Educator Info: What Goes Around Comes Around
Create a traveling circulatory system to learn how blood flow and nutrient exchange happens throughout the body.
Lesson at a Glance
Students will understand the circulatory system's main function is to transport nutrients and remove waste from cells, tissues and organs in the body.
Illinois Learning Standards
3: A, C; 4: A; 5: C; 6: B; 7: C; 23: A, B
Middle / Junior High
3: A, B, C; 4: A; 5: C; 6: B, C; 23: A, B
The circulatory system, also called the cardiovascular system, contains the heart and blood vessels. Its main function is to circulate, or transport, oxygen, blood, hormones, white blood cells and chemicals to all major organs, cells and tissues in our body.
The circulatory system is also responsible for transporting waste products to the appropriate organs to be sent out through the body's excretory systems - the urinary system and the integumentary system. For example, the kidneys filter waste and excess salt from the blood. This waste product, known as urea, is removed from the body through the urniary system in the form of urine.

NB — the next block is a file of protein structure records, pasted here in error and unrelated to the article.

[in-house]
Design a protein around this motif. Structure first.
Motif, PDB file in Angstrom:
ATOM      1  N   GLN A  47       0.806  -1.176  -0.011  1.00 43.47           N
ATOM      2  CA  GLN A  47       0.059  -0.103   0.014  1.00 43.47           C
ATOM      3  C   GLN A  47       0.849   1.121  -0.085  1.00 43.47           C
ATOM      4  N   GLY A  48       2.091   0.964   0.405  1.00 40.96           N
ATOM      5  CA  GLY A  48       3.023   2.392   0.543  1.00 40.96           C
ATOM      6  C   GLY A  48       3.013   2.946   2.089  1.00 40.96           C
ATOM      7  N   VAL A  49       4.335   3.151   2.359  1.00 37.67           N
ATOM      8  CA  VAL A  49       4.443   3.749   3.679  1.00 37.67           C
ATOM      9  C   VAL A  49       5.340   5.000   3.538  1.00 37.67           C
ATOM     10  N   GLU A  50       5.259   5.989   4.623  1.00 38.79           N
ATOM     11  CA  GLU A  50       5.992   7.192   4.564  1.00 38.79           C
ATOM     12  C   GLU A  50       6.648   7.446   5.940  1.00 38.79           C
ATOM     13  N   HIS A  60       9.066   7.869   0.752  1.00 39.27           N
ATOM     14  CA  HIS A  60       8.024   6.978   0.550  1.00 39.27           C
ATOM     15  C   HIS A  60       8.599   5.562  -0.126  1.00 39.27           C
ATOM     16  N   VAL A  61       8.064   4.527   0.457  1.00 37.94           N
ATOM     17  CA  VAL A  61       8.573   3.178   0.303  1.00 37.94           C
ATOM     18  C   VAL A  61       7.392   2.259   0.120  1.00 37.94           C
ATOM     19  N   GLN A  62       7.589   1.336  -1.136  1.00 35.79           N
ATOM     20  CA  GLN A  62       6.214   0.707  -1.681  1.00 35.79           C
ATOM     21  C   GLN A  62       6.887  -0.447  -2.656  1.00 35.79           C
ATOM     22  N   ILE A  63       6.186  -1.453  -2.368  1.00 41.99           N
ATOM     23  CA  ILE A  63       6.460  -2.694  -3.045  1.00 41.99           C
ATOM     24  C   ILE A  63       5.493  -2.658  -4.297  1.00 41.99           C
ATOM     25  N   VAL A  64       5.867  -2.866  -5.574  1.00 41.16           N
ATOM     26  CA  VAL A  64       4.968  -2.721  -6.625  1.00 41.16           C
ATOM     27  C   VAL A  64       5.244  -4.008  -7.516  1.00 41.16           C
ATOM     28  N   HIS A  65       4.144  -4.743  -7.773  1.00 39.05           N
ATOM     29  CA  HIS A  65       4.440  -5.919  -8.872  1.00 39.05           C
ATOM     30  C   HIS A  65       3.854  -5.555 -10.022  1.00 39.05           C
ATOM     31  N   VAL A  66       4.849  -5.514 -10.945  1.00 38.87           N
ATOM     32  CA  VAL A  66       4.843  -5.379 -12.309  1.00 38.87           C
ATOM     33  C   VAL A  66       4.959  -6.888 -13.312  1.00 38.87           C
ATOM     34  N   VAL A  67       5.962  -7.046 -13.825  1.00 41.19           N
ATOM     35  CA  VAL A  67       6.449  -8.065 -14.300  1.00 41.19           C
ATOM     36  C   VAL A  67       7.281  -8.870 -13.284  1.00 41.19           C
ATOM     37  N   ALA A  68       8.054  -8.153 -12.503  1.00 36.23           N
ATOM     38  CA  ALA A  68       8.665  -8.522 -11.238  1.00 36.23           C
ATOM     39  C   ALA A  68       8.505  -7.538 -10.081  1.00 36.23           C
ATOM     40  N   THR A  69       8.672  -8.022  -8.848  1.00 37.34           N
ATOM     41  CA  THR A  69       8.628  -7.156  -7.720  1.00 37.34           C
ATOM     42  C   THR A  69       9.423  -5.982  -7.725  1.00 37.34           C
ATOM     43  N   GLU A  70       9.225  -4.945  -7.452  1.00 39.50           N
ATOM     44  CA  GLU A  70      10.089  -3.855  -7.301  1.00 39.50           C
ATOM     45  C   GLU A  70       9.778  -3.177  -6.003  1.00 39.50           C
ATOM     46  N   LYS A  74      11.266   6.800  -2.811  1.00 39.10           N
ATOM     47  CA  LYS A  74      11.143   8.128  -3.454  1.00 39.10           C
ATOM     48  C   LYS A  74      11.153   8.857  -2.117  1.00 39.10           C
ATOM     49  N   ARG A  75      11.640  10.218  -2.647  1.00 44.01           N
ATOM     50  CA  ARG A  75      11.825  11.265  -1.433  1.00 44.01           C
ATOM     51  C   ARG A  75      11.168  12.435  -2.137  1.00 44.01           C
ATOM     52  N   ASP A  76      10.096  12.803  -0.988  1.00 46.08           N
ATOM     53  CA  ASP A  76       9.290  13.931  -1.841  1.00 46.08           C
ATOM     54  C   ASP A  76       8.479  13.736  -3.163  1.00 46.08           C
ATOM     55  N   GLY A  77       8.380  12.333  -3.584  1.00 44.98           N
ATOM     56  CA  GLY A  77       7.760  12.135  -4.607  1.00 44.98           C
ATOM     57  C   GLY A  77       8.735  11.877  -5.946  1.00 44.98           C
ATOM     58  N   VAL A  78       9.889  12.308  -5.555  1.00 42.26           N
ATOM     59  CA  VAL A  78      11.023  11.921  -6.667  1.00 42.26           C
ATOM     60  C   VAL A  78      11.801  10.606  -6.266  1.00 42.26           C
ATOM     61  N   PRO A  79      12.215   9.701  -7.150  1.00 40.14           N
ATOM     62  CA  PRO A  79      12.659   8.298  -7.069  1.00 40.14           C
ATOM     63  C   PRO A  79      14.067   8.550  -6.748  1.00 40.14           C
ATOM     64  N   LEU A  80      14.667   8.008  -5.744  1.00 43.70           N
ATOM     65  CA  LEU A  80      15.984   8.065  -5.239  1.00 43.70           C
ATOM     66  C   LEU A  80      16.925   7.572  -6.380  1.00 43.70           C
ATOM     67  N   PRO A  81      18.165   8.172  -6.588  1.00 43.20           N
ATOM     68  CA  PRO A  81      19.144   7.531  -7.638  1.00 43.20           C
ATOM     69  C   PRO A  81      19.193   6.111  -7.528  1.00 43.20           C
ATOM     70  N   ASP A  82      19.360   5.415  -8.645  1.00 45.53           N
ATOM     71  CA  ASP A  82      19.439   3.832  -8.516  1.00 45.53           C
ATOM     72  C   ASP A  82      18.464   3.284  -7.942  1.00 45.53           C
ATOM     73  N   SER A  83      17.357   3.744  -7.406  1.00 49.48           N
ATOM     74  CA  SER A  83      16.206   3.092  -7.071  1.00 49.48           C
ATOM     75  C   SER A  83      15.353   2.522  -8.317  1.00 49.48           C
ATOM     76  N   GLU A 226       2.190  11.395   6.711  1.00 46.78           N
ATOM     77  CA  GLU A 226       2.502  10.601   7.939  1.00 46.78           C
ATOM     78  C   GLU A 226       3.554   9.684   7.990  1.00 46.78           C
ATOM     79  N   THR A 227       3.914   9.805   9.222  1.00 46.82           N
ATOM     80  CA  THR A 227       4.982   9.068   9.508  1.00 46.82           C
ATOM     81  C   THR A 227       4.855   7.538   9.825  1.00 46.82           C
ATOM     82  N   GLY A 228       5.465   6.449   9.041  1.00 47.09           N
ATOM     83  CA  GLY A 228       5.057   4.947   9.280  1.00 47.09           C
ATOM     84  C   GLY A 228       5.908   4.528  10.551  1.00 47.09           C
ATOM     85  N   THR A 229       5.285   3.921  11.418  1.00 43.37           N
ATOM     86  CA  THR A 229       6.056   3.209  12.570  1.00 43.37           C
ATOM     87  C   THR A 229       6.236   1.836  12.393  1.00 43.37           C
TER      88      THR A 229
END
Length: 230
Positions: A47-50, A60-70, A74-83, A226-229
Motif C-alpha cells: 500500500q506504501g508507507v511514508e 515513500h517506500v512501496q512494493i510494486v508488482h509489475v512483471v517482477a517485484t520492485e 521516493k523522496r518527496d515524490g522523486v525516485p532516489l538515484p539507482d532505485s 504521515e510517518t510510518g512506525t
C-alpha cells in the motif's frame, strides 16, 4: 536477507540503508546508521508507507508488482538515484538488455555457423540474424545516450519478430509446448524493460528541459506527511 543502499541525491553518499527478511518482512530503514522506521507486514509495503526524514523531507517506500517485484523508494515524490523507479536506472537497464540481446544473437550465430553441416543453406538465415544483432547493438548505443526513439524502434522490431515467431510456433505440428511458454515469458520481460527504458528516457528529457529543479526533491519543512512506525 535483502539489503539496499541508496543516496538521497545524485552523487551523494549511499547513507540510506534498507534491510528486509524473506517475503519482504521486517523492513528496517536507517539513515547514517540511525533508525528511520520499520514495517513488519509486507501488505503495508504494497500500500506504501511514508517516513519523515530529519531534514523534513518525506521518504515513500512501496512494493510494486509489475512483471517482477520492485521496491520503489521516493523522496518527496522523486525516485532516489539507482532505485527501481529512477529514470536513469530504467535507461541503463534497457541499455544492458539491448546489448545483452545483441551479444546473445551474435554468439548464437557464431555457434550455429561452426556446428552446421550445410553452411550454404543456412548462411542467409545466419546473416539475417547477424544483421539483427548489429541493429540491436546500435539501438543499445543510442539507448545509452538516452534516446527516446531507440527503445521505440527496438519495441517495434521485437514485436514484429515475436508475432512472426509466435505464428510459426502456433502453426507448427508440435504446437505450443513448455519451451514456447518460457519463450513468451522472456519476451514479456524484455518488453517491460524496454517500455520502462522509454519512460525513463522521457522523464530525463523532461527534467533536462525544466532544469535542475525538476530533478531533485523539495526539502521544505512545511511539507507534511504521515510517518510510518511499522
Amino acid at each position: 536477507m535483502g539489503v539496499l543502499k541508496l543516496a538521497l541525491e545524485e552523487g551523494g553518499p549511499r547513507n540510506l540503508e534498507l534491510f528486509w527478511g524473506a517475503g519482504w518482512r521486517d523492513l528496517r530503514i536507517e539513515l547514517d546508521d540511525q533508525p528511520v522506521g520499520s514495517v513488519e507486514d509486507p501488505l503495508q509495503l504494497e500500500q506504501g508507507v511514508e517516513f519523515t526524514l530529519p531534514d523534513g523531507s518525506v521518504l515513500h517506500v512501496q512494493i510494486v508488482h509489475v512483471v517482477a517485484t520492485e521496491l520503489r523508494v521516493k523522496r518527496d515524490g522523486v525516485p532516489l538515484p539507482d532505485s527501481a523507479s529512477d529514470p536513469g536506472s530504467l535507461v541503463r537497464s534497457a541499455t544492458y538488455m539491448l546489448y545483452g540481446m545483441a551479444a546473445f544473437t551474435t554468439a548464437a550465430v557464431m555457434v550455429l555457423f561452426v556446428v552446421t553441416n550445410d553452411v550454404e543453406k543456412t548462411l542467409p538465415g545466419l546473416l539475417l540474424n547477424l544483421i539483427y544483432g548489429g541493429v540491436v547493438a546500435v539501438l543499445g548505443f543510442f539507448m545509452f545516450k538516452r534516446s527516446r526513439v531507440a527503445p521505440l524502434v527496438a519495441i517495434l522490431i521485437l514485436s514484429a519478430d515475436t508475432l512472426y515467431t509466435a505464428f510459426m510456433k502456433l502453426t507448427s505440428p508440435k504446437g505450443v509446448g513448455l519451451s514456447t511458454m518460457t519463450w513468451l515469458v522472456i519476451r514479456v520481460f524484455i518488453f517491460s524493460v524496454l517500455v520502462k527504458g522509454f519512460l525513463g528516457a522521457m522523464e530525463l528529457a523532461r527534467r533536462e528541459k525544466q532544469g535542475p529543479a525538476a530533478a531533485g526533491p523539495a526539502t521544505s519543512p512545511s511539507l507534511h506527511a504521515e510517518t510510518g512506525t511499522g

The circulatory system works as a two-part system. When the heart contracts, it pushes the blood out into two major loops or cycles. In the systemic loop, the blood circulates into the body's systems, bringing oxygen to all its organs, tissues and cells and collecting carbon dioxide and other waste products. One example of this is in the small intestine, where nutrients from the foods we eat are absorbed. The nutrients then enter our bloodstream and are carried by the red blood cells to the rest of the body.
In the pulmonary loop, the blood circulates to the lungs to release carbon dioxide and pick up new oxygen. Blood travels from the right side of the heart to the lungs where deoxygenated blood is exchanged in the alveoli for oxygenated blood. The blood then returns to the heart, only this time to the left side. The blood first enters the heart through the left atrium then travels to the left ventricle which pumps the blood to all cells, tissues and organs.
You are a red blood cell that has just finished its journey through the body system. Write a travel journal of your trip, describing every step of the journey and what you delivered or collected at each stop.
Scientists have estimated that it takes about 30 seconds for a given portion of blood to complete the entire cycle, from lungs to heart to body, back to the heart and out to the lungs. Given this statistic, how many times would a single blood cell circulate through the body in one hour? In one day?
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